This week, Intel engineers released hotfixes for Active Management Technology (AMT) and Intel Standard Manageability (ISM), addressing a critical vulnerability.
The AMT and ISM bug was one of the most serious issues the company has addressed this month. The vulnerability is tracked as CVE-2020-8758 and scored 9.8 out of 10 points on the CVSS vulnerability rating scale.
If exploited, the issue results in privilege escalation by an unauthenticated attacker. The bug occurs due to incorrect buffer limits in the network subsystem. All versions of Intel AMT and Intel ISM up to 11.8.79, 11.12.79, 11.22.79, 12.0.68 and 14.0.39 are vulnerable to attacks.
“If a customer is using Intel vPro without AMT support, an authenticated user with local access to the system may still be able to escalate privileges,” Intel experts warn.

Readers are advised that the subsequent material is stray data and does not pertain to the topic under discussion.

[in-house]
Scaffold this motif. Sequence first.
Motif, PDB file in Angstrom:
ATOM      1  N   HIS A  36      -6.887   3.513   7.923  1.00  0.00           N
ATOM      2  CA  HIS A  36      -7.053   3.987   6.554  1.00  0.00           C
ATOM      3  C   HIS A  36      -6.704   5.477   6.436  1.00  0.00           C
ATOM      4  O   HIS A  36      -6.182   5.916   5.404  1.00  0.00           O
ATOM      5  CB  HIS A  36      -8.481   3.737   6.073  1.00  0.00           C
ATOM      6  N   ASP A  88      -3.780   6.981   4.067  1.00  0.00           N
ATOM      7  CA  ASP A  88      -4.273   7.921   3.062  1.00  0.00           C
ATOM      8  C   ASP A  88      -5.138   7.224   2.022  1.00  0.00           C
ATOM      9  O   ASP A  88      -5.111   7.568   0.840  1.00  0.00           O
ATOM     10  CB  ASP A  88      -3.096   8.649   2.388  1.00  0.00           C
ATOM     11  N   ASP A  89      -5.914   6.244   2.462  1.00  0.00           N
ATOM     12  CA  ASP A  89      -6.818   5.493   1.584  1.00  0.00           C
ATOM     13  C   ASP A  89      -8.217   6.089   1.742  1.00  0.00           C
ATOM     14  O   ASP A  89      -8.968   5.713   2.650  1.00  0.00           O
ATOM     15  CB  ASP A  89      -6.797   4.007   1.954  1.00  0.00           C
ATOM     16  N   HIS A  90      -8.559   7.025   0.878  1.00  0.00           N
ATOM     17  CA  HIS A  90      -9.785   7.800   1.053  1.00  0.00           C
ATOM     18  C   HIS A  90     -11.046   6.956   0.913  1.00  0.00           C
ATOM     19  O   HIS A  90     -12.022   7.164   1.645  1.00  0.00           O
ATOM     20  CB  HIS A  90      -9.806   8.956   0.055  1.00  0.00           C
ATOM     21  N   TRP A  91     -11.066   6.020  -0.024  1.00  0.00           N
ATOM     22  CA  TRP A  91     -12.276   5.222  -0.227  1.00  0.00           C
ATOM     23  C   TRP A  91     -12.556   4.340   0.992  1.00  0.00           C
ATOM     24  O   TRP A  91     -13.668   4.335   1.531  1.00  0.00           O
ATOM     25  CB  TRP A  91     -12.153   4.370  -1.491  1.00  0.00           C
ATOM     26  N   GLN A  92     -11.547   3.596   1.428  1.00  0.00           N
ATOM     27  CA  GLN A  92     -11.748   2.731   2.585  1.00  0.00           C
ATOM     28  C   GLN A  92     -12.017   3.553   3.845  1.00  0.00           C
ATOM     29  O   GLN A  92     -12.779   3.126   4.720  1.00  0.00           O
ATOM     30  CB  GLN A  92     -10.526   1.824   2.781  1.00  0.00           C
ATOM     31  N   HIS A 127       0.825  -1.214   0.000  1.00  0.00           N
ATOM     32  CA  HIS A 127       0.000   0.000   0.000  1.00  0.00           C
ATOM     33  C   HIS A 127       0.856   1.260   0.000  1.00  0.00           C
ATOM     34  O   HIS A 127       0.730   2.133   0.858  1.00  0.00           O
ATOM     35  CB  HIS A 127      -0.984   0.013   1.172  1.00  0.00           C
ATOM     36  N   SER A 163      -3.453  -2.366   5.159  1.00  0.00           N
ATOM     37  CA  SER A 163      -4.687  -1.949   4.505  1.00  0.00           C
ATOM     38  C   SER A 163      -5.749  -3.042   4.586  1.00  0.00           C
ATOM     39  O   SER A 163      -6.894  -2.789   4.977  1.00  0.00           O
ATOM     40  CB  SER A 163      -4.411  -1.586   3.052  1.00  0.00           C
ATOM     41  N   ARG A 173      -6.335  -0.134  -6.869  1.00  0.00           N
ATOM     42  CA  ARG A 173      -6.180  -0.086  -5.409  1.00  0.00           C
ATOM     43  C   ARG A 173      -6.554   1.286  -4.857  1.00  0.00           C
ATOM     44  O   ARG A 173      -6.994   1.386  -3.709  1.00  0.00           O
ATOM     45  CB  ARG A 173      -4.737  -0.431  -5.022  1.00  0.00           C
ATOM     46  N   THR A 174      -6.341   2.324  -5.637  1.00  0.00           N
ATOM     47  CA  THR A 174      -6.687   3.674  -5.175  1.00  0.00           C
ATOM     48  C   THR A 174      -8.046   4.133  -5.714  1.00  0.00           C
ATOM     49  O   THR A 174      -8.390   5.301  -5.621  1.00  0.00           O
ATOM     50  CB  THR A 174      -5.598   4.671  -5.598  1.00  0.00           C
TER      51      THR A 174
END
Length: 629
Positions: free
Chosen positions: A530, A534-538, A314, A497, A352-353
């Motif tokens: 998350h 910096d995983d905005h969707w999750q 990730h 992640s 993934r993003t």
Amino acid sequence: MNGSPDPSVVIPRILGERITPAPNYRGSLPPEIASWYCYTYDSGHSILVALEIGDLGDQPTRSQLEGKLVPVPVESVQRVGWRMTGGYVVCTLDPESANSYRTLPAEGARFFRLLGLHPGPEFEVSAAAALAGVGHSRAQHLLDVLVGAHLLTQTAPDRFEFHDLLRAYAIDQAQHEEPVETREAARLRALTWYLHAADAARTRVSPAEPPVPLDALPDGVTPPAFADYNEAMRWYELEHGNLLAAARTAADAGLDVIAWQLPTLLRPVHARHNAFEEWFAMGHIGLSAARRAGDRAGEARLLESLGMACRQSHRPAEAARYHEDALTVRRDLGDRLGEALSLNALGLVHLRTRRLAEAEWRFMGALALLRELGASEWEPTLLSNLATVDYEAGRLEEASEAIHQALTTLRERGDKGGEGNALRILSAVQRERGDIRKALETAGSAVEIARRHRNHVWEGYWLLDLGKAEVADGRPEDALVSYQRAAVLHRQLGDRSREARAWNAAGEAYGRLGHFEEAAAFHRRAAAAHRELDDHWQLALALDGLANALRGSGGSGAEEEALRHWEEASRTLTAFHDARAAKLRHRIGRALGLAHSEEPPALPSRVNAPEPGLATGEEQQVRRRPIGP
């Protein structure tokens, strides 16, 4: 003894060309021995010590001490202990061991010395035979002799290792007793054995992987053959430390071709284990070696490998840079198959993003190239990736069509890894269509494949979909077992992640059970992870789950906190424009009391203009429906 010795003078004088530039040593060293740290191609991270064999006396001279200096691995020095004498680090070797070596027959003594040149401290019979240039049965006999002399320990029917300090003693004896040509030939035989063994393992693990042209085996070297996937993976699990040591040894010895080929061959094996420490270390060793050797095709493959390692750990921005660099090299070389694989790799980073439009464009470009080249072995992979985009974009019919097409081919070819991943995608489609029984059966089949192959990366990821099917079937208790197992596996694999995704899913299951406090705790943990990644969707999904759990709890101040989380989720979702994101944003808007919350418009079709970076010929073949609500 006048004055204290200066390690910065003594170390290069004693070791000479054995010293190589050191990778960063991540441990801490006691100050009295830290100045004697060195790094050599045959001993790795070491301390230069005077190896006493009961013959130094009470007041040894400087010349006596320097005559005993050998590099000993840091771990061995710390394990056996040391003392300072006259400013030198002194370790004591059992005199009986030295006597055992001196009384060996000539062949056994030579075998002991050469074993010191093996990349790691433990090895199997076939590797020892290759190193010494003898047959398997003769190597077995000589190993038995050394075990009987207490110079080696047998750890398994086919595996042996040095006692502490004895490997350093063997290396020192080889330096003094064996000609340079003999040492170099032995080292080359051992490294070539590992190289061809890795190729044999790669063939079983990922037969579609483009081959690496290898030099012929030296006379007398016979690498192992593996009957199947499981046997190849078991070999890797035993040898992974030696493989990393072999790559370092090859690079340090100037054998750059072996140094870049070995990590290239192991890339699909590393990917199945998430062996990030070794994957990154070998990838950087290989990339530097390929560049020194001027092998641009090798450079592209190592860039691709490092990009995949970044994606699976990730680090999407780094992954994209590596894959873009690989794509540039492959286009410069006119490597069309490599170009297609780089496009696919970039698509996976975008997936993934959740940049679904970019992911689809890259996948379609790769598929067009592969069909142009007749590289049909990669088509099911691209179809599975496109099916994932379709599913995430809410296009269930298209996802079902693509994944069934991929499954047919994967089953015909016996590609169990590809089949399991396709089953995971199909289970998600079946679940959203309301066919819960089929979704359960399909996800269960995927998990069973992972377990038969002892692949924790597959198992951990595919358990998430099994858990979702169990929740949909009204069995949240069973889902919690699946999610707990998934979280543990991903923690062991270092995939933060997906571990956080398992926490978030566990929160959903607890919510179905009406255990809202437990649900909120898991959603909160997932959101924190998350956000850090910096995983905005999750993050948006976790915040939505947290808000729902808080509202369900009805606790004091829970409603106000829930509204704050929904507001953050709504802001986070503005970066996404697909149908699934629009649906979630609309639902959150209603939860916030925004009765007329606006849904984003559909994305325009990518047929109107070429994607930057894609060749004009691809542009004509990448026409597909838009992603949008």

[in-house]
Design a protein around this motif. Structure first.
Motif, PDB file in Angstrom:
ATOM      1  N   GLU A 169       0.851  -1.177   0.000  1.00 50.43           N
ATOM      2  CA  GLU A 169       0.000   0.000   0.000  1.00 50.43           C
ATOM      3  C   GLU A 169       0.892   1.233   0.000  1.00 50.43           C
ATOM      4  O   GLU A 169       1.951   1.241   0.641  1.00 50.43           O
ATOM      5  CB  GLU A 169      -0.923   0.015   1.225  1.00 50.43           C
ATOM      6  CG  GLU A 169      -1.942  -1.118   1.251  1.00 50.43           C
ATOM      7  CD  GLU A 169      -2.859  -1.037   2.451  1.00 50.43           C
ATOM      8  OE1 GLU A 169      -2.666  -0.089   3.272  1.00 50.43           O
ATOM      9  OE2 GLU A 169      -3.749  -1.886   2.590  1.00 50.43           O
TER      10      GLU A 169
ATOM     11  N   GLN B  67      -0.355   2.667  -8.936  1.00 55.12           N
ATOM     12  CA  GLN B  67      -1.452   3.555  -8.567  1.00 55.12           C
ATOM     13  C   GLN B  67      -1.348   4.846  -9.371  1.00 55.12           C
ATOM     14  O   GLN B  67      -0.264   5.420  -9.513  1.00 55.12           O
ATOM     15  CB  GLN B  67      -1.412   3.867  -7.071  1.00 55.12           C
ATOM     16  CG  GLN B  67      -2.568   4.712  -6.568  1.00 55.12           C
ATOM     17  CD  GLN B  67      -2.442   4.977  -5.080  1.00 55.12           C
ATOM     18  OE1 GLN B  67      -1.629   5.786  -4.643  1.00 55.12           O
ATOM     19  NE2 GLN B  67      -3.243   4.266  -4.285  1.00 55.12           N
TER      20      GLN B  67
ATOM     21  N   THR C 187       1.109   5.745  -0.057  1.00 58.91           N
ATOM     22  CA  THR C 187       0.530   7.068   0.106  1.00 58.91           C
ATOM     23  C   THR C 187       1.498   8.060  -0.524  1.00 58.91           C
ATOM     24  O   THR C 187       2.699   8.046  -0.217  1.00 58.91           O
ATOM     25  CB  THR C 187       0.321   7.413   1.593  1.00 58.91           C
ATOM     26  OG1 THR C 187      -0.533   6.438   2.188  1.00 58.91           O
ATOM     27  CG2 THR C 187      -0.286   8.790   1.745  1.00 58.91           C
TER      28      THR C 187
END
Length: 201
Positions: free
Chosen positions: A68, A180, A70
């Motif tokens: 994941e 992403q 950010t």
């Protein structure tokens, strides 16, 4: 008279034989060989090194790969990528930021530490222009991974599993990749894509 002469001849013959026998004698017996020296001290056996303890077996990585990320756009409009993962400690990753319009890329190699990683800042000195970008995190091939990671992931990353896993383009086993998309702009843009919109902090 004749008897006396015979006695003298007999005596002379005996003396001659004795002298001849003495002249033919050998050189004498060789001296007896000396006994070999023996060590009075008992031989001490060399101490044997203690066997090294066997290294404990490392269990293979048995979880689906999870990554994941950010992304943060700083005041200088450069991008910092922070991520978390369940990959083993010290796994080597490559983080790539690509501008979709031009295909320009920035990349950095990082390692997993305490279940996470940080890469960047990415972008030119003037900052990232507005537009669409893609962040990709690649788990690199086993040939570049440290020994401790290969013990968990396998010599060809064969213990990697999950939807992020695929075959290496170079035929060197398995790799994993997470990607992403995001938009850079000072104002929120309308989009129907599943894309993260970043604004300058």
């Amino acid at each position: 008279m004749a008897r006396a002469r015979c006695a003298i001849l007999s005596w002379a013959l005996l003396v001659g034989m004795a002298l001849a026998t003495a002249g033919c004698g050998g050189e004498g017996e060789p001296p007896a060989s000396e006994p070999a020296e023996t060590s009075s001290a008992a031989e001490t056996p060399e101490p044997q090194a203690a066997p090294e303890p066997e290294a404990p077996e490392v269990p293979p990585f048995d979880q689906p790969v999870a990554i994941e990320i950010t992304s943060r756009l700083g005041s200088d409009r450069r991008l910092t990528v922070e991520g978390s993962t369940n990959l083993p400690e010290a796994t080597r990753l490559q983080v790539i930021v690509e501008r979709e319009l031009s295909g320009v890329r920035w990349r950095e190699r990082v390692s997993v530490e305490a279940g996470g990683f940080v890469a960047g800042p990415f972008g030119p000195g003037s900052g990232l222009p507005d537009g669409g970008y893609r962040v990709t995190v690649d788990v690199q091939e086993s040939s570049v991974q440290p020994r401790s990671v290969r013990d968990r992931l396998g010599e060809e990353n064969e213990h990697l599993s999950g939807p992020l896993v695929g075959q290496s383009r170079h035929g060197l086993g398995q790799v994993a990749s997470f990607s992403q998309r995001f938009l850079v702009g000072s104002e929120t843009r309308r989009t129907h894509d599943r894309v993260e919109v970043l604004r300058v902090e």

But in addition to patches to fix the bug in AMT and ISM, the company also released fixes for its other products this month. So, the vulnerability was fixed CVE-2020-0570 in the BIOS firmware for Intel Core 8, 9 and 10th generation processors. The bug scored 7.6 on the CVSS scale and could lead to escalation of privileges, denial of service, or information disclosure, provided the attacker had physical access to the vulnerable system.
Bug fixed in BIOS firmware for 8th Gen Intel Core and Intel Pentium Silver CVE-2020-0571 medium severity, also allowing disclosure.
There were also released fixes for three other medium severity bugs affecting 8th, 9th and 10th Gen Intel Core and Celeron 4000/5000 /. The vulnerabilities could lead to elevation of privilege or denial of service (CVE-2020-8672 and CVE-2019-14557) and information disclosure (CVE-2020-8671).
In addition, Intel has fixed a bug CVE-2020-12302 in Intel Driver & Support Assistant, which could lead to local escalation of privileges. Version 126.96.36.199 or later fixes the issue.